Which is the best antibiotic? | Antibiotics for gingivitis

Which is the best antibiotic?

There is no antibiotic that is a non plus ultra against periodontitis. There are many different bacteria that are the cause of gingivitis. Each bacterium must be fought differently.

That is why there are also different antibiotics. Before choosing the appropriate antibiotic, a microbiological analysis must therefore be carried out. Amoxicillin is given very frequently, as it is effective against the most common strain of bacteria, Aggregatibacter actinomycetemcomitans.

However, it has no effect on other bacterial strains. Therefore, different active substances are combined with each other. An effective combined preparation is amoxicillin in combination with metronidazole. However, there are many other antibiotics that are very similar in their basic features, but are adapted to certain germs.

Skin rash after antibiotic

A skin rash is primarily a sign of a defensive reaction of the body. In most cases, there is no allergy to the active ingredient itself, but rather an intolerance to an additive such as preservatives, flavors or colorants. Skin rashes are frequently noted when taking Ampicillin, a penicillin.

Up to 10% of all patients react to this antibiotic. The extent of the rash varies greatly. Sometimes it affects only a small area, otherwise it can spread over the whole body.

A real allergy occurs after one week at the earliest. If you are affected, you should stop taking the antibiotic and inform the dentist so that he can look at the rash and prescribe another antibiotic if necessary. This may also be of interest to you: Ointment for gingivitis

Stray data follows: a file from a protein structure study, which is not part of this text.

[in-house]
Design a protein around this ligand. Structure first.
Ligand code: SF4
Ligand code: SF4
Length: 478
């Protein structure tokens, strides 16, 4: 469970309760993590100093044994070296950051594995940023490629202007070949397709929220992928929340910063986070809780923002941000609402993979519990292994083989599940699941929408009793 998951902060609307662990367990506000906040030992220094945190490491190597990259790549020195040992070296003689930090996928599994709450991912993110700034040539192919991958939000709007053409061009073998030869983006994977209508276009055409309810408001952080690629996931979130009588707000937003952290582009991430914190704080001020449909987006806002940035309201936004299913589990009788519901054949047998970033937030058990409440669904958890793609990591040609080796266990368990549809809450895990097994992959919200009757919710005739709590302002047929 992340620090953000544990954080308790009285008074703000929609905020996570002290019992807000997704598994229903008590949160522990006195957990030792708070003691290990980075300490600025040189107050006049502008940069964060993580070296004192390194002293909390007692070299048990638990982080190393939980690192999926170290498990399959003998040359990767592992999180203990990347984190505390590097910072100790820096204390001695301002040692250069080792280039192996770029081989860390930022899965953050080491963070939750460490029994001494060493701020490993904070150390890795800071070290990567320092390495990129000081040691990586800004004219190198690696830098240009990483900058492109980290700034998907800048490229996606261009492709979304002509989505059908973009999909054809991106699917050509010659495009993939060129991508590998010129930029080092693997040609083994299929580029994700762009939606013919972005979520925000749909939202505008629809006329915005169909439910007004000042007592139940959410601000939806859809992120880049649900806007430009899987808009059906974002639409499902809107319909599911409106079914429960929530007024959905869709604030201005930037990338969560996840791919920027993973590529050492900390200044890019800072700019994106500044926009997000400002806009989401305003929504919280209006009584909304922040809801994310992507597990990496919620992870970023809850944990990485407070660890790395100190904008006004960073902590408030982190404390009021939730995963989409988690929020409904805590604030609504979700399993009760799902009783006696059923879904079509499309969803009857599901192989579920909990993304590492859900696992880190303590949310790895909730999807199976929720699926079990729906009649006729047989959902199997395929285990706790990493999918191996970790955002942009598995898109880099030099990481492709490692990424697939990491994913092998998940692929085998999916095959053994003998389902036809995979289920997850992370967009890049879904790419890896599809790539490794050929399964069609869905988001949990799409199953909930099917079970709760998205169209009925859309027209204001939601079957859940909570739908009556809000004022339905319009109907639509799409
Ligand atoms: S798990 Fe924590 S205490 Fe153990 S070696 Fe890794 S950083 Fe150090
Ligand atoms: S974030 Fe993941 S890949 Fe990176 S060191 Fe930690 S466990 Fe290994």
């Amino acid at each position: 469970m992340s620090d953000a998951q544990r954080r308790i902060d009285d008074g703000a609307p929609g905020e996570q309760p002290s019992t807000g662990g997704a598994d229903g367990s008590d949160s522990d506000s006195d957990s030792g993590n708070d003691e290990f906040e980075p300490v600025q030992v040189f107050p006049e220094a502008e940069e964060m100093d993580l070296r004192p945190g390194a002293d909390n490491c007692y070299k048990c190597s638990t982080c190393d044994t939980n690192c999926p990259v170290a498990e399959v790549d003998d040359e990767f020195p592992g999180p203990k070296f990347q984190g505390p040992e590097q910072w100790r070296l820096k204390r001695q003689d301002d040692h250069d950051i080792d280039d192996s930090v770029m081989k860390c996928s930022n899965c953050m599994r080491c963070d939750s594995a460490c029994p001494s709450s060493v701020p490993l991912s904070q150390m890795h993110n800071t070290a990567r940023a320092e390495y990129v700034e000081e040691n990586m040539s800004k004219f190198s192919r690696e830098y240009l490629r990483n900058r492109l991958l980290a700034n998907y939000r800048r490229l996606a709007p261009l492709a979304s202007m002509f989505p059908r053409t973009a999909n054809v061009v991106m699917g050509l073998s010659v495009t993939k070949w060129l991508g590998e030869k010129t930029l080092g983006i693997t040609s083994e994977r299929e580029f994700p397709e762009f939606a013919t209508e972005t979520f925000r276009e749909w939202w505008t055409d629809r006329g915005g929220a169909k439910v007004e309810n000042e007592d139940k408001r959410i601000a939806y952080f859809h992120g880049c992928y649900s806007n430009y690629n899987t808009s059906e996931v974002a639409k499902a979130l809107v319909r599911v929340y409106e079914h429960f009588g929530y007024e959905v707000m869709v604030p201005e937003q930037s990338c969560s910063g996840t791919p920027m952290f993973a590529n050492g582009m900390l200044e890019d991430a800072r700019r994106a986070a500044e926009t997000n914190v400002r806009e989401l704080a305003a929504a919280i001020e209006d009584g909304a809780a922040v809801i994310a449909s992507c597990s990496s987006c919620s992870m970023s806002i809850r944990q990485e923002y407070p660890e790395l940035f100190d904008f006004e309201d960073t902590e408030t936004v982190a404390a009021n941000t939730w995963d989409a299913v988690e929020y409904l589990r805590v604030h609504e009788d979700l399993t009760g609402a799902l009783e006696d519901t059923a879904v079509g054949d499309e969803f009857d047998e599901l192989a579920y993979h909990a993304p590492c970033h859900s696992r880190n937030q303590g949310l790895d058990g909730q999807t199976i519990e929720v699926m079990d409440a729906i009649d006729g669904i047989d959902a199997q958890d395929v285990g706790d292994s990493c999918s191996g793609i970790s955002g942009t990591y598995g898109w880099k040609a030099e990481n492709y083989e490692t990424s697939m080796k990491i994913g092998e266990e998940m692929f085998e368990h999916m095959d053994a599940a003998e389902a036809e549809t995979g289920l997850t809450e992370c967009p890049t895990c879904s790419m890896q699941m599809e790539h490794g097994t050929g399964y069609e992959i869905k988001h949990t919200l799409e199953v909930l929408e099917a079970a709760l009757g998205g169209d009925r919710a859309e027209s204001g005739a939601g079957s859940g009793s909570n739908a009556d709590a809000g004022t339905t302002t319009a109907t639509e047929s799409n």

How long do I need the antibiotic?

The length of time it is taken varies depending on the severity of the periodontitis. In addition, the various antibiotics with different active ingredients differ in their duration of administration. The most common duration of administration is one week.

The dosage per day varies again. There are medications that are taken in the morning, at noon and in the evening with food, or tablets that are only taken once a day. Ciproflaxin 250, for example, is taken for 10 days, twice a day.

Tetracycline 250 is taken for 21 days because of its low content of active ingredients. So it depends on which bacterial strains are combated by which active substance. The duration of intake depends on this. It is very important to take the antibiotic as prescribed by the dentist or pharmacist in order to avoid making any treatment mistakes and thus to breed resistant bacterial strains.

What to do if the gum inflammation does not get better despite an antibiotic?

If the selected antibiotic does not work, a change to another active substance should be considered. A microbiological test should be carried out to determine the bacteria responsible for gingivitis. Depending on the result, the appropriate antibiotic should be chosen and the antibiotic therapy should be started again. If these measures do not help, oral hygiene and dental care must be carried out even more consistently. In addition, check-ups at the dentist should be carried out at shorter intervals.